Life on the other side of the headlines
Landlords have been widely criticised of late, cast in the role of ‘fat cat’ cashing in on the misfortune of tenants who are unable to clamber on to the property ownership ladder. However a recent story demonstrates things are far from black and white and that landlords can often be left high and dry by tenants too.
The story involves Blackpool landlord, Sean Feeney who let out a property to a mother and her three children. However after the tenancy ended, Mr Feeney was left with a property ‘strewn with rubbish, dirt and graffiti’.
Speaking to the Blackpool Gazette, he said:
“The whole house is pretty much ruined. It will have to be gutted, and the last time this happened it cost £1000 to take everything to the tip. I don’t know how people can treat a property like this. I will easily have to spend another four or five thousand pounds on it. I don’t know how the carpet has got into that state – it looks like they have had cattle in there.”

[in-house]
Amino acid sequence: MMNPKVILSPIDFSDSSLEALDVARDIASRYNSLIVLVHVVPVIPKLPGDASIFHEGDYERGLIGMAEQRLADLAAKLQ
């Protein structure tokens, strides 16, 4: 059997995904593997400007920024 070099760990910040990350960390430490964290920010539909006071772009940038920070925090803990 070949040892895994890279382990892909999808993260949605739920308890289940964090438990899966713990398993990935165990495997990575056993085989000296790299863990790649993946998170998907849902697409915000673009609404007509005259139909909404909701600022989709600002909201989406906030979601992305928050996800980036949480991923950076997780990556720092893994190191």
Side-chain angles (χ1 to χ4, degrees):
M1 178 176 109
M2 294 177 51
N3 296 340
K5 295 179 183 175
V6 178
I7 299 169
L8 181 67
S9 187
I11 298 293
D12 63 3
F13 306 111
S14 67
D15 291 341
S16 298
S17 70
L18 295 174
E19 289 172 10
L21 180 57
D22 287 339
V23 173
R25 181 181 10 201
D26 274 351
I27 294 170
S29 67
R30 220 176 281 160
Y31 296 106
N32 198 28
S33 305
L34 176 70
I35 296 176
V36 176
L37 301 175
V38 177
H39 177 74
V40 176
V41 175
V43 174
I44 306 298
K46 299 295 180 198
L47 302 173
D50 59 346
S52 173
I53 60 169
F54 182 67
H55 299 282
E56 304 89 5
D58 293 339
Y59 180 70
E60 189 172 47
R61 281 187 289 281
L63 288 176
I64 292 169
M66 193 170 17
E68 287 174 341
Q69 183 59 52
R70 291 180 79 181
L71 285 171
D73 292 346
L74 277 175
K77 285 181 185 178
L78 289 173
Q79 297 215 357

Rob Denman, Head of GW LET comments:
“Many of the laws associated with letting property favour the tenants. For example, if a tenant stops paying their rent, a landlord must first wait until a minimum of two months or eight weeks has passed before they can even begin the eviction process which, in turn, can take anything up to six to twelve months. During this time a landlord is unlikely to be receiving any rent.
“Current anti-landlord campaigners – from Shelter to the Labour Ed Miliband – appear utterly unaware of the real picture and instead have jumped on the back on the antics of a few rogue landlords and tarred the entire industry with the same brush.
“Mr Feeney’s story is one of many. I can only hope examples such as these shift people’s one-sided perception but until they do, we remain firmly on the side of legitimate landlords.”
Content correct at time of publication